"On other occasions," I went on, "you will have real, meaningful changes to make. Please, speak up. Tell me what they are, and we will integrate them into the brochure. Your input is desired. It is needed to produce a piece that accurately reflects this division. However, I am asking you to edit yourself. A lot of people have worked very hard to create the piece that we will examine today. All I'm asking is that you don't piss all over it."
The room erupted in laughter. We worked very efficiently that morning with a high spirit of cooperation.
Marking isn't unique to advertising. We all have a little of Simon the dog in us. The overwhelming urge to tweak, adjust, clarify, tighten, sharpen or fine-tune exists wherever a pen is put to paper. Doctors, lawyers, MBAs, PhDs, clients, agencies, cops, criminals, birds and bees all do it.
Over time, I've come to see marking as the most powerful force in nature. To try to stop this behavior is folly. You have a better chance of stopping Hugh Grant from blinking.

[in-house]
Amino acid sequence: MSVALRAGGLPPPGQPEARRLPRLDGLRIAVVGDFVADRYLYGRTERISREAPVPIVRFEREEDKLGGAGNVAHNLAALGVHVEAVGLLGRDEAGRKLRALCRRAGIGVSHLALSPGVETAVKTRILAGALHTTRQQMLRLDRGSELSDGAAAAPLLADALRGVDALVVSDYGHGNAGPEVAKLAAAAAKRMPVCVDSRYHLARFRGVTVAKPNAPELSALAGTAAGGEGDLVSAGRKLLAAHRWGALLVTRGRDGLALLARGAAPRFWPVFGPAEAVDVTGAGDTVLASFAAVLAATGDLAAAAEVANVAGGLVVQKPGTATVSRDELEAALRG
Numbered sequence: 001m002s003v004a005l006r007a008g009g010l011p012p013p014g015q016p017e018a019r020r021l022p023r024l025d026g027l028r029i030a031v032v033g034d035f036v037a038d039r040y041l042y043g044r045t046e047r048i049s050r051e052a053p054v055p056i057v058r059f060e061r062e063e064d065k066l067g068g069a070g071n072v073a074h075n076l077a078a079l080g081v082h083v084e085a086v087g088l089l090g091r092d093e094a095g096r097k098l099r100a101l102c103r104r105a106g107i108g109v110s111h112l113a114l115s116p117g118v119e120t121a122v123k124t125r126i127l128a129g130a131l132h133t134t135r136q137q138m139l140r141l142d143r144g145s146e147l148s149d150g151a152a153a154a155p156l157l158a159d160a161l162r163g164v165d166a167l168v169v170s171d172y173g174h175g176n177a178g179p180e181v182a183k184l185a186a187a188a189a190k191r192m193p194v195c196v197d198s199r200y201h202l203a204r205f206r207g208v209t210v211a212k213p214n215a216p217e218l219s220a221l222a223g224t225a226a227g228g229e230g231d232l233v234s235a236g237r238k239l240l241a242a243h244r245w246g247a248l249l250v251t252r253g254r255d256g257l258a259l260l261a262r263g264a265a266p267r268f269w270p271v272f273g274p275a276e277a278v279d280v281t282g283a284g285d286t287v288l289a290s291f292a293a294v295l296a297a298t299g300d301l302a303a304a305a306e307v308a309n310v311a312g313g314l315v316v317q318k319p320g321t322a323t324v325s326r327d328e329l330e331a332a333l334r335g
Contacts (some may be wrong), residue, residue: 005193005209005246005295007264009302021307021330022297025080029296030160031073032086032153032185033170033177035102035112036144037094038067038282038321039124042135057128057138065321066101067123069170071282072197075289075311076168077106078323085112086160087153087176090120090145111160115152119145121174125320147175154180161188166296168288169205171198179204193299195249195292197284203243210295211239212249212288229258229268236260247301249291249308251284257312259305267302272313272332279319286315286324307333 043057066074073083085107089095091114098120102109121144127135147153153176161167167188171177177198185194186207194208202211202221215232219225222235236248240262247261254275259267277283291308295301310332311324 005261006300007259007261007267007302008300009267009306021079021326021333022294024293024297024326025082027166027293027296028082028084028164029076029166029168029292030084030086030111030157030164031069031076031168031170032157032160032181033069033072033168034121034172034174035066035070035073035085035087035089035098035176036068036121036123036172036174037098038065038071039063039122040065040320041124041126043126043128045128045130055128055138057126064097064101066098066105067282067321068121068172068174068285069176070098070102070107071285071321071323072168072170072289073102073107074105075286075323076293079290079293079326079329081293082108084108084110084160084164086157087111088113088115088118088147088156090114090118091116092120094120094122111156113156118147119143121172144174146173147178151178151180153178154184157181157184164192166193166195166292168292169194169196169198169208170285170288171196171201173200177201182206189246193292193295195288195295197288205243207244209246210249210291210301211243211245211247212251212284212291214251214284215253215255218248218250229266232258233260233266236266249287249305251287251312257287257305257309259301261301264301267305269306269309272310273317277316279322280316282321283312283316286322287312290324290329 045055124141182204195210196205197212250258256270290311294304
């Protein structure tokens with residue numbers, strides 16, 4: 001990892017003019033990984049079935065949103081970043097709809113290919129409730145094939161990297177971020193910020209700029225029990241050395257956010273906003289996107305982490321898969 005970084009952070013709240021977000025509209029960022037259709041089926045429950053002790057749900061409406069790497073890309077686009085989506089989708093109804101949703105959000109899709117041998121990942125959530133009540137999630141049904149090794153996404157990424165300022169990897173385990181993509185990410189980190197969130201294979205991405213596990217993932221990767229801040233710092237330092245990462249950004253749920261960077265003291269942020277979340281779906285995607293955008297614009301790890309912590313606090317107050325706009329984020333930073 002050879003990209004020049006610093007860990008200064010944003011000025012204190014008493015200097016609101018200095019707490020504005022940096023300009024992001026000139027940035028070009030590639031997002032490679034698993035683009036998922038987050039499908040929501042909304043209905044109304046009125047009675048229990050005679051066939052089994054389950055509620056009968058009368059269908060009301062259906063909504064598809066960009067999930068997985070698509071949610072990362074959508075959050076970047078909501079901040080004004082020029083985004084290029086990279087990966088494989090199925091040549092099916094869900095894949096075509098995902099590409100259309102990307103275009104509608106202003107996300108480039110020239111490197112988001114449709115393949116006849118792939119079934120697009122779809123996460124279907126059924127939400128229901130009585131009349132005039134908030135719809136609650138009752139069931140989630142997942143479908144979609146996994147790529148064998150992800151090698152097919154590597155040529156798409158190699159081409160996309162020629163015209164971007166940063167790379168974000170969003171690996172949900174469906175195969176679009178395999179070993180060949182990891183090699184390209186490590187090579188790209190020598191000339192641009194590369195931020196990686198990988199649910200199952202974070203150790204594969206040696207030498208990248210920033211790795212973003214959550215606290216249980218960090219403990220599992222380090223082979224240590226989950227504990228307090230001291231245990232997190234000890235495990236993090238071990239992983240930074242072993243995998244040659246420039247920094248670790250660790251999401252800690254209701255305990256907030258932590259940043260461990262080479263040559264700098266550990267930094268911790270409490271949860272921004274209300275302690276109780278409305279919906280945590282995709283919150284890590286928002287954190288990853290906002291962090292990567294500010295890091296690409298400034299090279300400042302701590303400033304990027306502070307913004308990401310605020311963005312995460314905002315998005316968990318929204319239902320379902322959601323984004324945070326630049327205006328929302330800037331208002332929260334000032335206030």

So what's to be done? If you cannot prevent a behavior, you should try to turn it to your advantage. Expect your work to be marked by clients. Encourage it. That's actually what I was doing at the Weyerhaeuser meeting. Once the client marks your storyboard or print ad or landing page, he has put part of himself into the ad. It gives him a sense of ownership.
My old partner Ron Owens didn't look at marking as peeing on the ad. He always said that the client was sprinkling the ad with holy water, giving it his blessing. Either way, Ron's or Simon's, you get a little wet.CHAPTER 2
What's on the bottle is more important than what's in the bottle
Selling perfume is like selling snake oil. Splash on this magic elixir, and suddenly you'll be attractive and desired. You will be transformed into Heidi Klum or Claudia Schiffer. Plunk down your money and change your life.